Sheriff William D. Gore
Office of the Sheriff
William D. Gore, Sheriff

Bill Gore served as Undersheriff in 2008, being appointed Sheriff in 2009 to fill retiring Sheriff Kolender’s unexpired term.

The San Diego County Sheriff’s Department is the 4th largest Sheriff's department in the nation and covers approximately 4,200 square miles. Some additional interesting facts about the San Diego Sheriff’s Department:

  • We have 8 stations;
  • There are 10 substations;
  • We provide law enforcement service to 9 contract cities and all unincorporated areas of the county;
  • We provide security for 10 courthouses;
  • We have approximately 4,000 employees; and,
  • An average of 5,175 inmates are housed each day and approximately 100,000 inmates are classified, processed, housed, and released each year.

Undersheriff Gore is responsible for the day-to-day administration and operation of the San Diego County Sheriff’s Department. He provides leadership and oversight for five bureaus: Law Enforcement Services, Human Resource Services, Court Services, Detention Services, and Management Services.

Some highlights and accomplishments from 2008 include:

  • During 2008, a regional automated records management system for law enforcement agencies was deployed within the Sheriff’s Department. Also known as NetRMS, this system includes case management, crime analysis components, and more importantly, will allow for the sharing of enhanced crime and incident information among all local law enforcement agencies. The El Cajon Police Department replicated the Sheriff’s success and deployed the same system within their own agency, using a regional sharing agreement that the Sheriff has made available to all local law enforcement agencies. Other local law enforcement agencies have begun preparation for their deployments as well, and should be on-line later this year.

  • San Diego County has also launched a first-of-its-kind effort in California. The Board of Supervisors authorized our department to create a Rapid Response DNA Team. DNA evidence has been very effective in solving serious, violent crime: homicides and sex crimes. More recently, we have proposed a major new deployment of DNA technology; to target street crimes – robberies, burglaries, and auto thefts.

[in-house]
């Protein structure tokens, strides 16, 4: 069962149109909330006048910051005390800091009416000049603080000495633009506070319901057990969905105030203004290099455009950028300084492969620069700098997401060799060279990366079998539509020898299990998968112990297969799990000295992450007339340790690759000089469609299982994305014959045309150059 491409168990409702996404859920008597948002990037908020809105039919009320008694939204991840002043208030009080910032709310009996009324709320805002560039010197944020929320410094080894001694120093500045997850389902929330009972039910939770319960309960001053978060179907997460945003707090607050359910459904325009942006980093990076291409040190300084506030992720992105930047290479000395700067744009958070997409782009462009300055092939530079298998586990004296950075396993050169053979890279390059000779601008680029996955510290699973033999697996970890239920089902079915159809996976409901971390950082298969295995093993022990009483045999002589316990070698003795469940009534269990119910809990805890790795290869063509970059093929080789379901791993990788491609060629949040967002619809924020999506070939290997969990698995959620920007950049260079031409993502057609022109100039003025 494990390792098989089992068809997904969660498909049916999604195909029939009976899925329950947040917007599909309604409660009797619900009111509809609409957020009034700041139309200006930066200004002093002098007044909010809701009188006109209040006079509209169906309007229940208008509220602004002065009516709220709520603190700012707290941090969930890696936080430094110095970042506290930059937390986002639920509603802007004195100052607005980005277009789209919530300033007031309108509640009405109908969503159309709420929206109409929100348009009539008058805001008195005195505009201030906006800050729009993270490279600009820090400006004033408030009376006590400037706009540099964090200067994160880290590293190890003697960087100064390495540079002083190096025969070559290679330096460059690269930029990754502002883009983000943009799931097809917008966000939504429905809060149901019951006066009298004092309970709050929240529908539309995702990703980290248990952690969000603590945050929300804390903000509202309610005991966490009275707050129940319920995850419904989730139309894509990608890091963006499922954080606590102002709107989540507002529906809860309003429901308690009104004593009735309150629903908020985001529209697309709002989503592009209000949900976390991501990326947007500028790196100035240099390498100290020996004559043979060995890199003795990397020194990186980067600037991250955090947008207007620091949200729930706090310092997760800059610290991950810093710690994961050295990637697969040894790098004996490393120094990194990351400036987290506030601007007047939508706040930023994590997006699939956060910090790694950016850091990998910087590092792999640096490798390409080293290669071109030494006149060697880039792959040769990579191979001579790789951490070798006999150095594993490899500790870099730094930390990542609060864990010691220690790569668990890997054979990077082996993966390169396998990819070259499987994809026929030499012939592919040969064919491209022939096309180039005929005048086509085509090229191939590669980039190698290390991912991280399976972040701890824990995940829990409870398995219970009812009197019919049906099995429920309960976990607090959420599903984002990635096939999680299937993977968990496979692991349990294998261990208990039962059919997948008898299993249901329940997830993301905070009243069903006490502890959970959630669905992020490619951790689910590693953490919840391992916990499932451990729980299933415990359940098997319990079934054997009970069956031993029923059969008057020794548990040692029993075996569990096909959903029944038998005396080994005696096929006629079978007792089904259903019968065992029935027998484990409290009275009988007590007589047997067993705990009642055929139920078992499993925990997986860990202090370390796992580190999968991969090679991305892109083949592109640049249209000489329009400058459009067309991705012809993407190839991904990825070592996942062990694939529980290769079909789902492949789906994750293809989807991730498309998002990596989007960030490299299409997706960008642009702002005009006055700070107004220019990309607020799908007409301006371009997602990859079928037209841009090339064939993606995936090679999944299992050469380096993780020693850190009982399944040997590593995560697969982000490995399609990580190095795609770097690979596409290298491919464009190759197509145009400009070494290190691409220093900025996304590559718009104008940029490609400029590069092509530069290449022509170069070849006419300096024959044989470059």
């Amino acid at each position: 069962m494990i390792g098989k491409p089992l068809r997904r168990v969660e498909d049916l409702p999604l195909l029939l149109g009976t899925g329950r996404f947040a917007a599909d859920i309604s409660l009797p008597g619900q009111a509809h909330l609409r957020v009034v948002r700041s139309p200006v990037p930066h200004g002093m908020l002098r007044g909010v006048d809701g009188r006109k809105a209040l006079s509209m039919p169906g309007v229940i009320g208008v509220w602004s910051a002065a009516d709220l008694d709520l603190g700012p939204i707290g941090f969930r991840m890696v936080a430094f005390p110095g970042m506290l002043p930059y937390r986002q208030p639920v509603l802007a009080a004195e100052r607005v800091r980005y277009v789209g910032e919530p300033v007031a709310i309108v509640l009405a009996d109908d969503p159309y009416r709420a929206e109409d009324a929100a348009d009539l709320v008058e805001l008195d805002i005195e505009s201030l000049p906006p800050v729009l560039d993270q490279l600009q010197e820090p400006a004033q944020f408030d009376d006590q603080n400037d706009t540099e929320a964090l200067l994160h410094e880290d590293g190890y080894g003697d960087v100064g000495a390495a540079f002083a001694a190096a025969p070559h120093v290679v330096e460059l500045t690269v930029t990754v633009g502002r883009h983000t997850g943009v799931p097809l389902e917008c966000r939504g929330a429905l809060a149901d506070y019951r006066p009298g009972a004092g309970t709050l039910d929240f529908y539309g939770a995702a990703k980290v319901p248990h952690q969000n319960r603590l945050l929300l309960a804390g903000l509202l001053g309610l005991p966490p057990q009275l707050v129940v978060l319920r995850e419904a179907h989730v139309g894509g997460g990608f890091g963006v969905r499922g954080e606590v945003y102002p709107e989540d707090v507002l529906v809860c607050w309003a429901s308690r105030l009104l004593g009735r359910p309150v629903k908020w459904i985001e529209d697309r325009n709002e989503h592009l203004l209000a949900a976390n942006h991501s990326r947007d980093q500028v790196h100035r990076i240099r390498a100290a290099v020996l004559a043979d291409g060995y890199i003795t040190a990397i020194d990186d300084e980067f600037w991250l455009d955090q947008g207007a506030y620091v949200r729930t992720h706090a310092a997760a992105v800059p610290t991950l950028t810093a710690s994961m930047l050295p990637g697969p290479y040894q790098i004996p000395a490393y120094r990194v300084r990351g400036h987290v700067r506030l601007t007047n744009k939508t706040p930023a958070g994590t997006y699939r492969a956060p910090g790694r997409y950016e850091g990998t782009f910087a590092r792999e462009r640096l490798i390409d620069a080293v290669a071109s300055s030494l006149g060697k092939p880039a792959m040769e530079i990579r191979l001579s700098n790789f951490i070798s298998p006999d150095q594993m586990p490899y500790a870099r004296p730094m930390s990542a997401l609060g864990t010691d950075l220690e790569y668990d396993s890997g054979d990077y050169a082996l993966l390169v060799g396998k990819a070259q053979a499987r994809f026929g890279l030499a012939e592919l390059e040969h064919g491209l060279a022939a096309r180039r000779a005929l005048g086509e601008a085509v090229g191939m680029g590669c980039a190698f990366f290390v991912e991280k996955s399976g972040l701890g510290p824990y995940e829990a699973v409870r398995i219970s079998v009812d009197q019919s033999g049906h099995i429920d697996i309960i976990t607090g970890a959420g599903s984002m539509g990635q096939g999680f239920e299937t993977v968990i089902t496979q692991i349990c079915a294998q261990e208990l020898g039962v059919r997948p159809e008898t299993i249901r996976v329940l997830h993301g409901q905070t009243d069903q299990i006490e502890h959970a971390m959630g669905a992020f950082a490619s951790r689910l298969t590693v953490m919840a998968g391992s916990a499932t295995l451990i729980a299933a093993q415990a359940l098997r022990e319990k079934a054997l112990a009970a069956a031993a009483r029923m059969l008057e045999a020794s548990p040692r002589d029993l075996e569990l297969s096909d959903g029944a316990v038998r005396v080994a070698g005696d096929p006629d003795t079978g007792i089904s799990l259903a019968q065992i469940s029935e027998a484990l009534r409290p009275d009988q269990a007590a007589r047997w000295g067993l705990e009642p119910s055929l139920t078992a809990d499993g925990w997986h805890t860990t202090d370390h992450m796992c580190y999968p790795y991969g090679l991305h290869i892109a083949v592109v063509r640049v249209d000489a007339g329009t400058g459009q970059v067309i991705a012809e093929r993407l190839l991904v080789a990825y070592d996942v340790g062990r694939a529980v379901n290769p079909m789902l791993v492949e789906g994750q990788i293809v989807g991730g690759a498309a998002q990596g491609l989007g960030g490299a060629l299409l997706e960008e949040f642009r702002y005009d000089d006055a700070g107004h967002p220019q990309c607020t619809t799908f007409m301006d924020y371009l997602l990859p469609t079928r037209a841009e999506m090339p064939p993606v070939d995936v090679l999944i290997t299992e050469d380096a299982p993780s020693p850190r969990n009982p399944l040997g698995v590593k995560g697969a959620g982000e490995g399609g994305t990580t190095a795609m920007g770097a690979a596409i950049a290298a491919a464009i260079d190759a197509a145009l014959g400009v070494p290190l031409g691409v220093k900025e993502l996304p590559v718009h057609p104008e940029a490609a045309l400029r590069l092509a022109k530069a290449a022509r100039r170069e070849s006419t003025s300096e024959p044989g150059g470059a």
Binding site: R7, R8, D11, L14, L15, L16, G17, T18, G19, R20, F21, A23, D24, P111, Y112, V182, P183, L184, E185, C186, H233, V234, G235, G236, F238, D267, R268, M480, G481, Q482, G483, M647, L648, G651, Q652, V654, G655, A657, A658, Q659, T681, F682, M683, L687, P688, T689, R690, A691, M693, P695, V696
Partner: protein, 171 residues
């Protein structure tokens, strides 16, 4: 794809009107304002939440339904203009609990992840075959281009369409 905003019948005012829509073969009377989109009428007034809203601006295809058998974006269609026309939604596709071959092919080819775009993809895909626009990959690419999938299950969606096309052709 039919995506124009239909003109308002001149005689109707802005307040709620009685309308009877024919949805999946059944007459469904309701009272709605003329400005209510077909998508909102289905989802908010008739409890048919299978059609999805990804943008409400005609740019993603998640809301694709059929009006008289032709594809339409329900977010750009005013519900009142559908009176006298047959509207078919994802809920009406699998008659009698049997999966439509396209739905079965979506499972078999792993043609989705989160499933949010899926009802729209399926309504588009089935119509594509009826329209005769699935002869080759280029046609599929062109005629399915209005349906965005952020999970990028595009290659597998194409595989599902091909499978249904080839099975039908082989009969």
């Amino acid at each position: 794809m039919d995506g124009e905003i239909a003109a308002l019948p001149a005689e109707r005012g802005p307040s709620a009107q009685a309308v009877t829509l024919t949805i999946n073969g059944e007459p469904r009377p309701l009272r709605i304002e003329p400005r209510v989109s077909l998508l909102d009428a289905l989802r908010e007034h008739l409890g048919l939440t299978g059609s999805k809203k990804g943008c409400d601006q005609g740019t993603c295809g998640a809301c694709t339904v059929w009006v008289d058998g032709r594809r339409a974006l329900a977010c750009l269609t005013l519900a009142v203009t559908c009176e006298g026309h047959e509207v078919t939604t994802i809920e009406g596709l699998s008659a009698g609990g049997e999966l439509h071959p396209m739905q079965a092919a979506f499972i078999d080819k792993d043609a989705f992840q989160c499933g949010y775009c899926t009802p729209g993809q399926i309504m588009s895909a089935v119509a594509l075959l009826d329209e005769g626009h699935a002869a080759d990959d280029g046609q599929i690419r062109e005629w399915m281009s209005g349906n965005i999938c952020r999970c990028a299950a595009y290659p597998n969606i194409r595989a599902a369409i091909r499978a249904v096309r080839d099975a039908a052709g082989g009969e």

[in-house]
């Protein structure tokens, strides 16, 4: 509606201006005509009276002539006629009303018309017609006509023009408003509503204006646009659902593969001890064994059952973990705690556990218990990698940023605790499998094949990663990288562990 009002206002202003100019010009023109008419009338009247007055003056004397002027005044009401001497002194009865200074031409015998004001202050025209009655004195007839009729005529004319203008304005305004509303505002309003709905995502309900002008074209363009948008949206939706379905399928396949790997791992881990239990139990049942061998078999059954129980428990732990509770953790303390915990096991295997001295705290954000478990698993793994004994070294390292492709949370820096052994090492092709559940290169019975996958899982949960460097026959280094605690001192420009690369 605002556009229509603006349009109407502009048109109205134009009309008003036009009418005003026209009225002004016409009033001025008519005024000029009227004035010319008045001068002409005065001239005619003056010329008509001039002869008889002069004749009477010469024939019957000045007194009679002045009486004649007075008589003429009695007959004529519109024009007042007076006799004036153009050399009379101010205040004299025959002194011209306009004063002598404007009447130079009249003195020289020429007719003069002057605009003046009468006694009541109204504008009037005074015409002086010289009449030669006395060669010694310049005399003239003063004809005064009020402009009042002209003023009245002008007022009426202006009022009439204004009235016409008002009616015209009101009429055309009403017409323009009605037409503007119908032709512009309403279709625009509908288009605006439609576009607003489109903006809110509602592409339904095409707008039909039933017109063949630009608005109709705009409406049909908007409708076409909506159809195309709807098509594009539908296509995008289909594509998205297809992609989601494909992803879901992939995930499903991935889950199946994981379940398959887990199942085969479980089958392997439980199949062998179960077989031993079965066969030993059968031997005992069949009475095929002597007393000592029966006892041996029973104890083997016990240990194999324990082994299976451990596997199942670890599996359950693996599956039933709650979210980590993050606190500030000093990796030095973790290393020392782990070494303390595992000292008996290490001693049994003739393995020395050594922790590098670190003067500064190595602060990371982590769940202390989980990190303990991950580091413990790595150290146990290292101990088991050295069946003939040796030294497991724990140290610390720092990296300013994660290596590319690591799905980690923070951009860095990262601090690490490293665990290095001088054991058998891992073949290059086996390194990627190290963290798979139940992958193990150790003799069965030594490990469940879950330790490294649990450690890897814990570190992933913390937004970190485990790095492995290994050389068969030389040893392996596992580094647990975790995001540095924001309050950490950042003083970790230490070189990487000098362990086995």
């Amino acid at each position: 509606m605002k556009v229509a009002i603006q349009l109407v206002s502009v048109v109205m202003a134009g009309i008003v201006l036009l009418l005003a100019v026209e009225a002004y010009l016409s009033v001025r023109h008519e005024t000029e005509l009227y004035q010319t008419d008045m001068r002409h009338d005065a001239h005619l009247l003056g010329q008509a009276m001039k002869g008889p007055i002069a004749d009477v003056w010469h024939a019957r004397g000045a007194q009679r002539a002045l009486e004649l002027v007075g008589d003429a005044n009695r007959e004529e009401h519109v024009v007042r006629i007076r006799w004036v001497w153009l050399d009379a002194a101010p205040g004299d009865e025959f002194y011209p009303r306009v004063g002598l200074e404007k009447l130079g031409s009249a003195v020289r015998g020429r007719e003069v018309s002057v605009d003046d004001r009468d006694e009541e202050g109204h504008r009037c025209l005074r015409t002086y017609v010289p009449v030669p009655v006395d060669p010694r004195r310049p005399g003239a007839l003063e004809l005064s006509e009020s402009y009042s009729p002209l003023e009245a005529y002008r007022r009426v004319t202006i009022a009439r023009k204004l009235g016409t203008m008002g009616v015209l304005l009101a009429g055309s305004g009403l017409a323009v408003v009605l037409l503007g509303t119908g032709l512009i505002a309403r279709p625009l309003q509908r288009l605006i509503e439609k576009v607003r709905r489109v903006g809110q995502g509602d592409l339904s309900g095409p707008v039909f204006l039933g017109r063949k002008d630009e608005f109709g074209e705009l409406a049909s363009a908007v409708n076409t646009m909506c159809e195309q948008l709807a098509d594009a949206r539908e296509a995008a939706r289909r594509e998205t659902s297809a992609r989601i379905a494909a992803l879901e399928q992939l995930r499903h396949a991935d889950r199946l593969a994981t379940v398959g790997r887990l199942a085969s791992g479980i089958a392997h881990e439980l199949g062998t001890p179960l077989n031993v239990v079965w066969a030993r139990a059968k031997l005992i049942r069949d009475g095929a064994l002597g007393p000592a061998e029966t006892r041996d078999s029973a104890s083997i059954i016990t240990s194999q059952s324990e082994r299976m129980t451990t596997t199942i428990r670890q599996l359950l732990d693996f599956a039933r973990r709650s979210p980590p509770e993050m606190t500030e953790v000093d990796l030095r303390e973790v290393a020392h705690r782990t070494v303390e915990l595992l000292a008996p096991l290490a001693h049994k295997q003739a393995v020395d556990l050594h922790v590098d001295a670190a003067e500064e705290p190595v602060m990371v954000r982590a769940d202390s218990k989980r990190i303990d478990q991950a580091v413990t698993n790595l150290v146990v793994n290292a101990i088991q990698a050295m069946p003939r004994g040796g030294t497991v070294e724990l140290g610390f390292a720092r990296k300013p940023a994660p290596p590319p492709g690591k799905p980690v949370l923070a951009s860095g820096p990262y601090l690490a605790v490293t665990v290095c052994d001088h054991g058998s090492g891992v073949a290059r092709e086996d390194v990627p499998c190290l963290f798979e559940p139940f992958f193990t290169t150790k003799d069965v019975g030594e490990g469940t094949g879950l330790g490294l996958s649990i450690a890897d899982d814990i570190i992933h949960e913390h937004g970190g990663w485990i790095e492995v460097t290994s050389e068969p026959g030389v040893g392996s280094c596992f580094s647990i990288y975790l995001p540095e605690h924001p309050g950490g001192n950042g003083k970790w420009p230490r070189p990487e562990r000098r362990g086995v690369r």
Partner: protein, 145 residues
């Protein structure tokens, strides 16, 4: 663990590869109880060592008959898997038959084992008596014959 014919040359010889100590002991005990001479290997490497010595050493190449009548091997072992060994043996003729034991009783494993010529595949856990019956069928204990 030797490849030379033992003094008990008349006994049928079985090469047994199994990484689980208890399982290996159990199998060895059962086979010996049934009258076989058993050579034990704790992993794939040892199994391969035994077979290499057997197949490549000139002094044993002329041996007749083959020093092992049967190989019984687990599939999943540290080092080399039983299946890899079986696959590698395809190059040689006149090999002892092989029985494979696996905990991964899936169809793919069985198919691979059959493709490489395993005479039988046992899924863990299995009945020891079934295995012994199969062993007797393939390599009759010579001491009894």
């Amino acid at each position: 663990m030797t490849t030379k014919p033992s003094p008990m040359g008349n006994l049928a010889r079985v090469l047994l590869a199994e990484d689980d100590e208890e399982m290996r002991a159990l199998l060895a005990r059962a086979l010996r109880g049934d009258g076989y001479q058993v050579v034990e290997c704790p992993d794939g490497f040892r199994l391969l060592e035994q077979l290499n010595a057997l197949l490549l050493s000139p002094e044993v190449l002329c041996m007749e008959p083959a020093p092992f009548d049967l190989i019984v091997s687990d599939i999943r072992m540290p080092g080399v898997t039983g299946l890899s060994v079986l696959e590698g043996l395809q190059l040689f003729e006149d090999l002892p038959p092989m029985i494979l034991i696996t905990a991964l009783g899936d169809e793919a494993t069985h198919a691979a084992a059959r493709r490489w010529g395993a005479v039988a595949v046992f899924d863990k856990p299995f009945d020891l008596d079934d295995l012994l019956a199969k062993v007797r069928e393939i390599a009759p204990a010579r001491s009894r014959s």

• The long-awaited Law Enforcement Coordination Center (LECC) opened in 2008. The LECC is an information and intelligence ‘fusion center’ involving every level and discipline of government including federal, state, local, and tribal authorities.

  • In San Diego County, domestic violence continues to plague many women, men and children. Prior to this year victims of such crimes were limited to information that was out of date or incomplete. The Court Services Bureau has diligently partnered with other agencies to greatly enhance the availability of timely accurate information associated with obtaining and processing court protective orders.

  • The Sheriff’s public Internet site (www.SDSheriff.net) underwent a major redesign and performance upgrade in 2008. On average, the public checks over 2 million warrants per month, sends 36,000 emails to inmates, queries “Who’s in Jail” over 576,000 times, and looks up just under 10,000 temporary restraining orders (TRO’s) per month. During the past six months, an average of 356,301 visits were logged onto our website. All hardware, software, databases, and web site content were upgraded in 2008.

  • Attracting and retaining qualified people is one of the main functions of the Human Resource Services Bureau (HRSB). During 2008, the San Diego County Sheriff’s Department concentrated on a proactive and aggressive campaign to seek qualified candidates to fill our vacancies. Before the economic downturn, we reached 99% of full staffing.

  • The Board of Supervisors has funded a partnership between our Sheriff’s Crime Lab and the Bureau of Alcohol, Tobacco and Firearms (ATF) to track and solve crimes committed with guns throughout the San Diego region. The Crime Lab now has in place IBIS (the Integrated Ballistic Information System). IBIS allows forensic professionals at the lab to enter firearms’ casings and bullets from crime scenes into its system to see if the firearms’ evidence connects to other crimes.

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